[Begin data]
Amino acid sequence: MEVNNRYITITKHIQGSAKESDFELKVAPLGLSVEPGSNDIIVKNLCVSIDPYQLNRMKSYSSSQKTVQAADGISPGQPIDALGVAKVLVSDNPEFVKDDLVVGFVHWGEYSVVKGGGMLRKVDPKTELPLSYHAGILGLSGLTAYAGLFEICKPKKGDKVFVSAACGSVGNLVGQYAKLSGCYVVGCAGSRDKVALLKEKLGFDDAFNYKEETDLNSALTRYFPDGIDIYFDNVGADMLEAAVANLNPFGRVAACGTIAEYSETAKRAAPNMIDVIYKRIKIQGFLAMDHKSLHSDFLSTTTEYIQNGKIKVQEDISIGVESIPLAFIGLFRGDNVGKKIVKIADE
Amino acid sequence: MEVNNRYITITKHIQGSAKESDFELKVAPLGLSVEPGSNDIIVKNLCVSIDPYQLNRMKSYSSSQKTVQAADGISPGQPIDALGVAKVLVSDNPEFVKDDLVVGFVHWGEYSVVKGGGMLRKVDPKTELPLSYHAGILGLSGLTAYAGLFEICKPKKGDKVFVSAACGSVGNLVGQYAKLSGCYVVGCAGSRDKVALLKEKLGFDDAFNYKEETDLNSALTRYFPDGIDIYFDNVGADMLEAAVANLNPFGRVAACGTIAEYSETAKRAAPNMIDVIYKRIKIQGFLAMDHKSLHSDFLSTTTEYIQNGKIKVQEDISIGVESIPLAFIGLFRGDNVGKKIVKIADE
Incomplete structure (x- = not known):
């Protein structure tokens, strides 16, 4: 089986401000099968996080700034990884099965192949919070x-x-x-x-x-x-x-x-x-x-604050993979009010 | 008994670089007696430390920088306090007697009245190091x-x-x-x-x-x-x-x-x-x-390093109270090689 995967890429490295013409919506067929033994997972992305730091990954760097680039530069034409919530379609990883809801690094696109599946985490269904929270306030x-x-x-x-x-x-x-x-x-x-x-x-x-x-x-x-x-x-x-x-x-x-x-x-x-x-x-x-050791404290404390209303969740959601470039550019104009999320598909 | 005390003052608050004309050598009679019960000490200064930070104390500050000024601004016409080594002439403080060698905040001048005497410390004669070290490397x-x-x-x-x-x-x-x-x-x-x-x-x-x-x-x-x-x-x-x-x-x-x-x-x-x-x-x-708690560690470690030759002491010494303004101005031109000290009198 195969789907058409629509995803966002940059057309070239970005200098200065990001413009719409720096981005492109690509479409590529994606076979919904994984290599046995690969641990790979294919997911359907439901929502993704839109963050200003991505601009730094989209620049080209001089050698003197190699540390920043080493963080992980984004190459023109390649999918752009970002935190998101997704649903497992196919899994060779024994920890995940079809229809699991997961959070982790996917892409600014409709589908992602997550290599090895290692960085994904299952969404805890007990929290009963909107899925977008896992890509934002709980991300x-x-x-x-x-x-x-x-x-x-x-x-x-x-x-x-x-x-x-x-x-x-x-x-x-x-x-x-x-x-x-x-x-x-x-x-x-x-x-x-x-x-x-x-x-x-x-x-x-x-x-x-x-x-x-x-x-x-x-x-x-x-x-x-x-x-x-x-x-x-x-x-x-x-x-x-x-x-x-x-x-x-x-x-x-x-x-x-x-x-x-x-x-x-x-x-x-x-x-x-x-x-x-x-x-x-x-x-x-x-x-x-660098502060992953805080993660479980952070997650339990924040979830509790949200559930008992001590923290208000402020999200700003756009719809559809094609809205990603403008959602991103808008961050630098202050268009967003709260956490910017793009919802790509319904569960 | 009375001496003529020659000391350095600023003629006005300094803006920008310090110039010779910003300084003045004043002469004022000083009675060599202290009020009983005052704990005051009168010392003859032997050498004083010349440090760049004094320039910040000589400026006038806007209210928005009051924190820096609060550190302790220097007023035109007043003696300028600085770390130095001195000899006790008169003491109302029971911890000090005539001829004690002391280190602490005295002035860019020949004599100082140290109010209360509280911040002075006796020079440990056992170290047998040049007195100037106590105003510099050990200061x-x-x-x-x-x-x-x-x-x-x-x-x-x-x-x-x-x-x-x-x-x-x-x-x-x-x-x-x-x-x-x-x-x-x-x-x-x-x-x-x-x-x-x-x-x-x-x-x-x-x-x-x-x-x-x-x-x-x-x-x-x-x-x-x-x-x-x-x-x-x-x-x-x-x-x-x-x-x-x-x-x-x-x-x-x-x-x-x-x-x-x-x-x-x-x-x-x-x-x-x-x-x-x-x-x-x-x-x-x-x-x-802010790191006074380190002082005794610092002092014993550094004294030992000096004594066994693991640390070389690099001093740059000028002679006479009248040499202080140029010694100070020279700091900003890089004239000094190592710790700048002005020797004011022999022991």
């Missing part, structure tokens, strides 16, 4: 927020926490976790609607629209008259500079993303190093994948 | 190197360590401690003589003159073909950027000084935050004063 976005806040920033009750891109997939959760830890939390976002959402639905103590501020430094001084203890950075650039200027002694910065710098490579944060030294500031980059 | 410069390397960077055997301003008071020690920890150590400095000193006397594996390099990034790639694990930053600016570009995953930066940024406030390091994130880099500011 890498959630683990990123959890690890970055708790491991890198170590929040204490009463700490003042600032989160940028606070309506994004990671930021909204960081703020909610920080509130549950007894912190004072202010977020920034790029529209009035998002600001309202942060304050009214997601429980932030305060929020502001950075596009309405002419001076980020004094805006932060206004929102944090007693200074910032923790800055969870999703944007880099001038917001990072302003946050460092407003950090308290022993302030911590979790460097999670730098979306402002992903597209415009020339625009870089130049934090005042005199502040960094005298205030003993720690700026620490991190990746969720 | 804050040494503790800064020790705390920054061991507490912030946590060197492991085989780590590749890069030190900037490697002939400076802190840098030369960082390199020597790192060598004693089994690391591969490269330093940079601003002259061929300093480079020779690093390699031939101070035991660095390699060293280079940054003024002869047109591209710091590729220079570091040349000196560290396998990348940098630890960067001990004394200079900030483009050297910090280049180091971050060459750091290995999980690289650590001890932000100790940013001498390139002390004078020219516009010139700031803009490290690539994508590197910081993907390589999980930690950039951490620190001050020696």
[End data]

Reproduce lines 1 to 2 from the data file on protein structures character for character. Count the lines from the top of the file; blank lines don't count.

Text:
Amino acid sequence: MEVNNRYITITKHIQGSAKESDFELKVAPLGLSVEPGSNDIIVKNLCVSIDPYQLNRMKSYSSSQKTVQAADGISPGQPIDALGVAKVLVSDNPEFVKDDLVVGFVHWGEYSVVKGGGMLRKVDPKTELPLSYHAGILGLSGLTAYAGLFEICKPKKGDKVFVSAACGSVGNLVGQYAKLSGCYVVGCAGSRDKVALLKEKLGFDDAFNYKEETDLNSALTRYFPDGIDIYFDNVGADMLEAAVANLNPFGRVAACGTIAEYSETAKRAAPNMIDVIYKRIKIQGFLAMDHKSLHSDFLSTTTEYIQNGKIKVQEDISIGVESIPLAFIGLFRGDNVGKKIVKIADE
Amino acid sequence: MEVNNRYITITKHIQGSAKESDFELKVAPLGLSVEPGSNDIIVKNLCVSIDPYQLNRMKSYSSSQKTVQAADGISPGQPIDALGVAKVLVSDNPEFVKDDLVVGFVHWGEYSVVKGGGMLRKVDPKTELPLSYHAGILGLSGLTAYAGLFEICKPKKGDKVFVSAACGSVGNLVGQYAKLSGCYVVGCAGSRDKVALLKEKLGFDDAFNYKEETDLNSALTRYFPDGIDIYFDNVGADMLEAAVANLNPFGRVAACGTIAEYSETAKRAAPNMIDVIYKRIKIQGFLAMDHKSLHSDFLSTTTEYIQNGKIKVQEDISIGVESIPLAFIGLFRGDNVGKKIVKIADE